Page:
Such is the state of af­fairs in an­tibi­ot­ic land that the FDA agree­ing to pri­or­i­ty re­view an ap­pli­ca­tion to ex­pand the use of an an­tibi­ot­ic can rock­et up a stock more than two-fold.

On Wednes­day, Melin­ta Ther­a­peu­tics said its ap­proved an­tibi­ot­ic Baxdela had been grant­ed pri­or­i­ty re­view for use in com­mu­ni­ty-ac­quired bac­te­r­i­al pneu­mo­nia (CAPB). The FDA is ex­pect­ed to make its de­ci­sion by Oc­to­ber 24. Shares of the Con­necti­cut drug­mak­er $ML­NT cat­a­pult­ed, clos­ing up near­ly 224% at $6.41.

Robert Forrester, Verastem

Ve­rastem CEO For­rester steps to the ex­it as the board hunts com­mer­cial-savvy ex­ec for the be­lea­guered biotech

Robert For­rester is step­ping down as CEO of Ve­rastem On­col­o­gy $VSTM just 8 months af­ter the com­pa­ny nabbed an ap­proval for du­velis­ib, a PI3K drug with a sto­ried past — and what ap­pears as not much of a fu­ture.

The biotech put out word this morn­ing that For­rester will take an ad­vi­so­ry role with Ve­rastem while COO Dan Pa­ter­son steps up to take charge of the lead­er­ship team and the board looks around for a new CEO.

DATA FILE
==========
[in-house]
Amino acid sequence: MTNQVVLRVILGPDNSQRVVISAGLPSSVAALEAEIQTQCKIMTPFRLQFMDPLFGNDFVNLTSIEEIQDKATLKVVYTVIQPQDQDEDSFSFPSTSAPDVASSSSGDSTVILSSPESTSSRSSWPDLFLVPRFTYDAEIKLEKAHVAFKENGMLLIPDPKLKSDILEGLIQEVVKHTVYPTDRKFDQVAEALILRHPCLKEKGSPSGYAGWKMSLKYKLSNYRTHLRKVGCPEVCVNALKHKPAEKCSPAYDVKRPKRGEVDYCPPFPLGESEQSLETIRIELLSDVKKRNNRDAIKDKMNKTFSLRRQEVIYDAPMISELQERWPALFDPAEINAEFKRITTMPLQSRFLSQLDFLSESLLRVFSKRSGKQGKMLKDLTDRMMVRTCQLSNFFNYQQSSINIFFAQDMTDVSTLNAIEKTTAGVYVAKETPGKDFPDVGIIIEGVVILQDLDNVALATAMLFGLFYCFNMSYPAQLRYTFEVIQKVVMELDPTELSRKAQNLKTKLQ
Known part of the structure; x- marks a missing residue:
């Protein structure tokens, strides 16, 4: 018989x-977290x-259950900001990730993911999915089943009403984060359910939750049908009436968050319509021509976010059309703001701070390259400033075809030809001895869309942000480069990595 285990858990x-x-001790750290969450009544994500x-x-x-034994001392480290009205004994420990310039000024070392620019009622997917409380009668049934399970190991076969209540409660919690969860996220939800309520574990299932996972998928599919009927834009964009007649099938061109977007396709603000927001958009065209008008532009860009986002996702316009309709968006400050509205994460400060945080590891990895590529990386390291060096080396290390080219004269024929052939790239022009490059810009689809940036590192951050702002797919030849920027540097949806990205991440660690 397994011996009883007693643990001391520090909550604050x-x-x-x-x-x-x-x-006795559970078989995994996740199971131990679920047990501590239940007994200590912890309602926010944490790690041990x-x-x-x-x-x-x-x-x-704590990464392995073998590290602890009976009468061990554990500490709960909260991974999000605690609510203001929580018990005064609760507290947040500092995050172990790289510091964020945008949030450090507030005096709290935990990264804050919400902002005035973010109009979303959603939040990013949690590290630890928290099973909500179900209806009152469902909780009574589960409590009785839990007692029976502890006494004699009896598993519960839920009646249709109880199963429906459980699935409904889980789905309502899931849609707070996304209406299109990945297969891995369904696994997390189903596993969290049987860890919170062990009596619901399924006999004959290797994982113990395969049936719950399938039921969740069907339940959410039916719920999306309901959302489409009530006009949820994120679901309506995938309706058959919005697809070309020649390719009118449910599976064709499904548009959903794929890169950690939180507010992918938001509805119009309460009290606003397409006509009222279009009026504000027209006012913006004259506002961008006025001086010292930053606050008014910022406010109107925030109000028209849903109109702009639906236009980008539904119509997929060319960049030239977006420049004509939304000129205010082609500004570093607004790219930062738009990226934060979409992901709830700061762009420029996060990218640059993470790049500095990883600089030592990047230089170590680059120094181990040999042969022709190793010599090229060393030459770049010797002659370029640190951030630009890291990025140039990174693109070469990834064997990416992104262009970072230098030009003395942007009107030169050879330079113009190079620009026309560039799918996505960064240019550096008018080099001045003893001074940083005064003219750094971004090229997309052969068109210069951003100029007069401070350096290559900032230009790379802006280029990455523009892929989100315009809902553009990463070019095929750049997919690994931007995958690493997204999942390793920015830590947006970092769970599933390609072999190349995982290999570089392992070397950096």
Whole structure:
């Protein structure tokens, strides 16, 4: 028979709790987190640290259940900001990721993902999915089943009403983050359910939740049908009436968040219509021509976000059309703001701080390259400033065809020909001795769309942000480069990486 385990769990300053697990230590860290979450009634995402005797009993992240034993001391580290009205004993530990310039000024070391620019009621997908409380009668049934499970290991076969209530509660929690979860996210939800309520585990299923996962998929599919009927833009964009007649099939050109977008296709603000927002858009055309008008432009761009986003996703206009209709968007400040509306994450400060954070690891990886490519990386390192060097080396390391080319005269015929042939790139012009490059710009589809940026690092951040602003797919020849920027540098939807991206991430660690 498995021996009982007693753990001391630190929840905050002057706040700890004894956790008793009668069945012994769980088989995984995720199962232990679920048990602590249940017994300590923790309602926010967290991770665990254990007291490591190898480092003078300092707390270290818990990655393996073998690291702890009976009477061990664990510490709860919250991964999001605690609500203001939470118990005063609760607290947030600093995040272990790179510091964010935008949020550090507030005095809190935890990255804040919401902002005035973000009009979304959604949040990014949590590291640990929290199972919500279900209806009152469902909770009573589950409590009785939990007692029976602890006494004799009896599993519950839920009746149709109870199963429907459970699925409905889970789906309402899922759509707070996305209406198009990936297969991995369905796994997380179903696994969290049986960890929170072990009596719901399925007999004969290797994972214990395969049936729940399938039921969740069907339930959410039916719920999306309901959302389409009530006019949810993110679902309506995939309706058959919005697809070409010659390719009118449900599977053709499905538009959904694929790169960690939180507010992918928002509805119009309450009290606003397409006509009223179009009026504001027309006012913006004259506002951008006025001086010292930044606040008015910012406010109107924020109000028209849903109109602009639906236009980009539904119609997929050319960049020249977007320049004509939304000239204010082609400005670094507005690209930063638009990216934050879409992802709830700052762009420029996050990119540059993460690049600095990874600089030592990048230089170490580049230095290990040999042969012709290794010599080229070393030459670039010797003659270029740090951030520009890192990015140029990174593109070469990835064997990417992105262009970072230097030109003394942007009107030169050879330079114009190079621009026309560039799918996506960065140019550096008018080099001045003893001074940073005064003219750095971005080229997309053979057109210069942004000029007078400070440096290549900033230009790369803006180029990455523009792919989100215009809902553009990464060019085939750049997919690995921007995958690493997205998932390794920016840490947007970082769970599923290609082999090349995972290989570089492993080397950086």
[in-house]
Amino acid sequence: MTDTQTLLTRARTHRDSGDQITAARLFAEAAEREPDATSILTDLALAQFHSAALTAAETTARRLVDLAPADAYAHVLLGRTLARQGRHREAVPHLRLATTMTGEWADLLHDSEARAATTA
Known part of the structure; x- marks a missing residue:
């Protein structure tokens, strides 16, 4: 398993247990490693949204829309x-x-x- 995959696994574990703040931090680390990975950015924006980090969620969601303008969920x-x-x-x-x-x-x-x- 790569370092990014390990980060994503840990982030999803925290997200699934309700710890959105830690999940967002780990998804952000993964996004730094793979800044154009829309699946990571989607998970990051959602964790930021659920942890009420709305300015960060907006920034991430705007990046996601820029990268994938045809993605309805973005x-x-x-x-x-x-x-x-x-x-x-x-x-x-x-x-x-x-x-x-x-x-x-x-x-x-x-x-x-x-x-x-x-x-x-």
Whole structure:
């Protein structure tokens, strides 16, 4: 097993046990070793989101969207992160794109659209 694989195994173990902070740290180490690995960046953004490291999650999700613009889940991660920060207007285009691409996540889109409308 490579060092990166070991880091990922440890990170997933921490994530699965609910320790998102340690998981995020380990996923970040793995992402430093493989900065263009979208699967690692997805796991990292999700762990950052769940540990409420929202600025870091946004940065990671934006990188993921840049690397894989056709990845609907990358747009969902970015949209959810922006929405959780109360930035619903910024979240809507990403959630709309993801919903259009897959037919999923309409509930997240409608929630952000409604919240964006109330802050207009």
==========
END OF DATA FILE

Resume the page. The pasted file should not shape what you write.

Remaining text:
Ken Frazier appears before the Senate Committee on Finance for a hearing on prescription drug pricing on Capitol Hill in Washington, DC, February 26, 2019. Chris Kleponis for CNP via AP Images

Who’s next in line to suc­ceed Ken Fra­zier as CEO of the Keytru­da-blessed Mer­ck?

When Merck waved off a looming forced retirement for Ken Frazier last September, the board cited flexibility in CEO transition as a key factor in the decision. Having Frazier — who’s also chairman of the company — around beyond his 65th birthday in 2019 would ensure they install the best person at the best time, they said.

The board has evidently begun that process with a clear preference for internal candidates, sources told Bloomberg. CFO Robert Davis, chief marketing officer Michael Nally, and chief commercial officer Frank Clyburn are all in the running, according to an insider.